Eric Clapton says he will not play venues that require proof of vaccination


“I reserve the right to cancel the show”

Eric Clapton has said he will not perform concerts that require proof of vaccination.

  • Read more: So, you’re ideologically the antithesis of your favorite pop star. what next?

The veteran rocker has been publicly vocal about his opposition to lockdown restrictions and vaccinations in recent months, and last December he teamed up with fellow skeptic Van Morrison for the track ‘Stand and Deliver’, recorded by Morrison. Gone was one of the many anti-lockdown songs and those that faced significant backlash.

After the government lifted the ban on Monday (July 19), Clapton said in a statement posted on anti-vaxxer Robin Monotti Graziadei. telegram account: “Following the Prime Minister’s announcement on Monday, 19 July 2021, I am honored to announce my own: I would like to say that I will not perform on any platform where discriminatory audiences are present. I reserve the right to cancel the show until provision is made for the participation of all the people.”

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It comes after the government announced that it would make proof of vaccination a legal requirement from the end of September.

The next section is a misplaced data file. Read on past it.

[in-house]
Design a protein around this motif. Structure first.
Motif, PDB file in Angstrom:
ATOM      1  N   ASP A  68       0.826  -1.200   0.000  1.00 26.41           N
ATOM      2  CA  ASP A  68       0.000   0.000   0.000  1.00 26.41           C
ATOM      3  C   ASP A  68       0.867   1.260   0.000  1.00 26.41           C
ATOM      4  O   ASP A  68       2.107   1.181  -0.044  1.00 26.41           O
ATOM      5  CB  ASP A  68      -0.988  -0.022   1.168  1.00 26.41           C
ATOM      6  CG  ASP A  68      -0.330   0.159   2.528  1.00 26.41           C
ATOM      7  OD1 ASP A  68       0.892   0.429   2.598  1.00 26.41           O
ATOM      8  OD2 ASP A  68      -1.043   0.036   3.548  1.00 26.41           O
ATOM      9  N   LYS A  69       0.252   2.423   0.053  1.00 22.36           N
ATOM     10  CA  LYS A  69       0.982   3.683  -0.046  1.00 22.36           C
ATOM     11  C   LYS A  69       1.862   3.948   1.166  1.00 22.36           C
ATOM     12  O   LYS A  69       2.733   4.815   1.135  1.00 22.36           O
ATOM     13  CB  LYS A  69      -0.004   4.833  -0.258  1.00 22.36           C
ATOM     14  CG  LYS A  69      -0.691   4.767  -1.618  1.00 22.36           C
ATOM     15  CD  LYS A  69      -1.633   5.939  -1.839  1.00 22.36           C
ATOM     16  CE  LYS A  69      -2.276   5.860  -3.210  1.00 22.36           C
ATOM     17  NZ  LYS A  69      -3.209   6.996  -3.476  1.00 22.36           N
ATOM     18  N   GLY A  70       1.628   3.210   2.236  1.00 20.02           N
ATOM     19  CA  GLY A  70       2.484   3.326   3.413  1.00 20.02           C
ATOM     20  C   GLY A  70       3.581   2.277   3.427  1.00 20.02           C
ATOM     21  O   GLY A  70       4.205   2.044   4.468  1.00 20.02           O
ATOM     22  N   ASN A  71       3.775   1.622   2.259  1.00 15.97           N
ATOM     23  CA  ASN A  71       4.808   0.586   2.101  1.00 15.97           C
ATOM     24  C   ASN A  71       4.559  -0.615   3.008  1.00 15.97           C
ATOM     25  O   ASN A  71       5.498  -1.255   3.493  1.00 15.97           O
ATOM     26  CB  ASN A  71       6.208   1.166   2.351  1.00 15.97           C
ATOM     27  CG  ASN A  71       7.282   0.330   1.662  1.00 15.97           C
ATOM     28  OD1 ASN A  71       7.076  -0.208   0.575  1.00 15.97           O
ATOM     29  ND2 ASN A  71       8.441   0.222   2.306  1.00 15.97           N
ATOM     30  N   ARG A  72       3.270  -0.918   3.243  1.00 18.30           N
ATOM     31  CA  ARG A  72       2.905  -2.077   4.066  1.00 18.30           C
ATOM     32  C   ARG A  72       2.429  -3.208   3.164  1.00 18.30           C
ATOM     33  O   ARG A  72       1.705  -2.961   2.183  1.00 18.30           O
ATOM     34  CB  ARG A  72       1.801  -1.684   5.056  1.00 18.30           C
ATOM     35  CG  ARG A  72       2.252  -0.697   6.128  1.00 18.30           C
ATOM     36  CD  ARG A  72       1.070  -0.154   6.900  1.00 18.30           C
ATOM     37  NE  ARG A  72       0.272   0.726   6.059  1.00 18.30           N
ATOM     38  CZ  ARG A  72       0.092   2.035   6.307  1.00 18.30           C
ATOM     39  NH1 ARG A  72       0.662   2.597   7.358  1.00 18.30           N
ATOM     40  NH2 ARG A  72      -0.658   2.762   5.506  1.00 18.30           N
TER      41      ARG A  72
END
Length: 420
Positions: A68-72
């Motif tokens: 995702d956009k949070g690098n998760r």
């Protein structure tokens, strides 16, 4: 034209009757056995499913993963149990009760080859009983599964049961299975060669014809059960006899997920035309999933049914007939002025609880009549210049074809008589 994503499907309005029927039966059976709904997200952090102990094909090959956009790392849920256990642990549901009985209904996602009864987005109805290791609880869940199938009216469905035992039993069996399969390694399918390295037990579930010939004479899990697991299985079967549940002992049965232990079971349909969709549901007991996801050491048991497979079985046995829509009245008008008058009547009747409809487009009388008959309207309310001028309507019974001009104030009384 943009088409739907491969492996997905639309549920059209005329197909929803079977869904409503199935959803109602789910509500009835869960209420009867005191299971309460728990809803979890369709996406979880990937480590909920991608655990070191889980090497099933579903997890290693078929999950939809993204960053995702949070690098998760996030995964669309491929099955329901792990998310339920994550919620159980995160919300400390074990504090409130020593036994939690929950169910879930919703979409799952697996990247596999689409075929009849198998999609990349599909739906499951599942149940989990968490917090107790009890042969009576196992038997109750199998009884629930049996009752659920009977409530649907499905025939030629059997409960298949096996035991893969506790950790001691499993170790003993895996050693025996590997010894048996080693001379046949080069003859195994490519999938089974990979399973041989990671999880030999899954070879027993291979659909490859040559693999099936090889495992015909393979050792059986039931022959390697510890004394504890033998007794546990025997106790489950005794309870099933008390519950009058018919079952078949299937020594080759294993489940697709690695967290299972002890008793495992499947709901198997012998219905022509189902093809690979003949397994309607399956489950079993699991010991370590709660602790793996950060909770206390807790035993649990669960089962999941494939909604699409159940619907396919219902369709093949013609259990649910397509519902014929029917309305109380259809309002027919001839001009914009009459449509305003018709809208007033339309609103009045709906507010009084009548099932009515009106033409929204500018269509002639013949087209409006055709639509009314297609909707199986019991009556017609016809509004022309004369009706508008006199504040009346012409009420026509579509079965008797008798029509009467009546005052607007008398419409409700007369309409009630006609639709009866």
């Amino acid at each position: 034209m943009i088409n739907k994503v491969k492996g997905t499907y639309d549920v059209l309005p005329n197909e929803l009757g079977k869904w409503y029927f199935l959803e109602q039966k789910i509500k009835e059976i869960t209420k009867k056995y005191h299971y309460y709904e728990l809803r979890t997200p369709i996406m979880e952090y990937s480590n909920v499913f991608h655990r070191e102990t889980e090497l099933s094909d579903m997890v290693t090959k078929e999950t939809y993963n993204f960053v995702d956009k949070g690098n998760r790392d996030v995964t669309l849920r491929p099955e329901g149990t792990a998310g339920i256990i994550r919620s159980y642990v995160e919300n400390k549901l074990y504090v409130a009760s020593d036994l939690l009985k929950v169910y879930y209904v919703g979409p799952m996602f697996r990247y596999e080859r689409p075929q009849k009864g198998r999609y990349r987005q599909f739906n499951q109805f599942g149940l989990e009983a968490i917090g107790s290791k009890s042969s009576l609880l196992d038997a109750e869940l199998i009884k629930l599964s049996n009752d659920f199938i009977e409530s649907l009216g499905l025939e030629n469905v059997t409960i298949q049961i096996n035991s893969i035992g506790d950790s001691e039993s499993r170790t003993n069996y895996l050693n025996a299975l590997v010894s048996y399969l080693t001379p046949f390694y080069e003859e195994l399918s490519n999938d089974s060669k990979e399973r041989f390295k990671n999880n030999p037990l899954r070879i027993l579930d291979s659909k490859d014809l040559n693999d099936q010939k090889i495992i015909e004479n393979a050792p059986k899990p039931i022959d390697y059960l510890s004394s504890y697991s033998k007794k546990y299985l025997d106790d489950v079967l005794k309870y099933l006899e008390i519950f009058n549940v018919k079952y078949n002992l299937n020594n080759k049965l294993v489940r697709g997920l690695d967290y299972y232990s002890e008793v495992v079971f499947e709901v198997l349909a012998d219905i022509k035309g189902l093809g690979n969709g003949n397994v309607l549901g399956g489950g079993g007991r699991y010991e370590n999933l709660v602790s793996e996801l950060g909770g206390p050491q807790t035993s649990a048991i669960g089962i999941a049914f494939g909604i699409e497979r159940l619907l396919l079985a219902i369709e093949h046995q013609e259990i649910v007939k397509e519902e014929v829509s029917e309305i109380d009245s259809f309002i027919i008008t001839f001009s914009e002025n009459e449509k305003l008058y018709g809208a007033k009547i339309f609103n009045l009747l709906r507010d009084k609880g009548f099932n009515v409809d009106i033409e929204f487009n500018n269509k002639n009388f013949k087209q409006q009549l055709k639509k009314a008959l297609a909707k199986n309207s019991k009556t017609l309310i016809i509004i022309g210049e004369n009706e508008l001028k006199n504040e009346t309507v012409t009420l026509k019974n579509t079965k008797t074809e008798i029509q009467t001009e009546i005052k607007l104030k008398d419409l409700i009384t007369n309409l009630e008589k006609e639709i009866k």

Van Morrison and Eric Clapton. credit: Neil Lupine / Redfern

Last month, Clapton revealed that during the UK’s first lockdown he had begun consuming “alternative data” about the pandemic on YouTube from the group of academics behind the Great Barrington Declaration, which is intended for people at risk from the coronavirus. There was a call for ‘centred security’. The return to normal life for all others has been widely criticized by many public health bodies, including the World Health Organization.

“The more I went into it, the more I realized that I was distancing myself not only from the government but from the rest of the public,” Clapton said. He later said he joined anti-lockdown communities on apps like Telegram.

Describing the fact that he had to cancel a world tour as “disastrous”, Clapton stated that he considered leaving the UK altogether, but his collaboration with Morrison received backlash in the US. “As soon as I started talking about the lockdown and my concerns here, I was labeled a Trump supporter,” he said. “I’ve got some pretty overwhelming feedback.”

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A large number of people in the music and entertainment world have received COVID-19 vaccines or encouraged the public to get their vaccines – including Judas Priest’s Rob Halford, Demi Lovato, Morgan Freeman, Dolly Parton, Queen’s Roger Taylor , Ozzy Osbourne, Alice Cooper. Elton John, Samuel L. Jackson and Willie Nelson.

Britney Spears even received them before telling fans that she “feeled nothing” and that it “wasn’t as bad as “people on the internet” are claiming.



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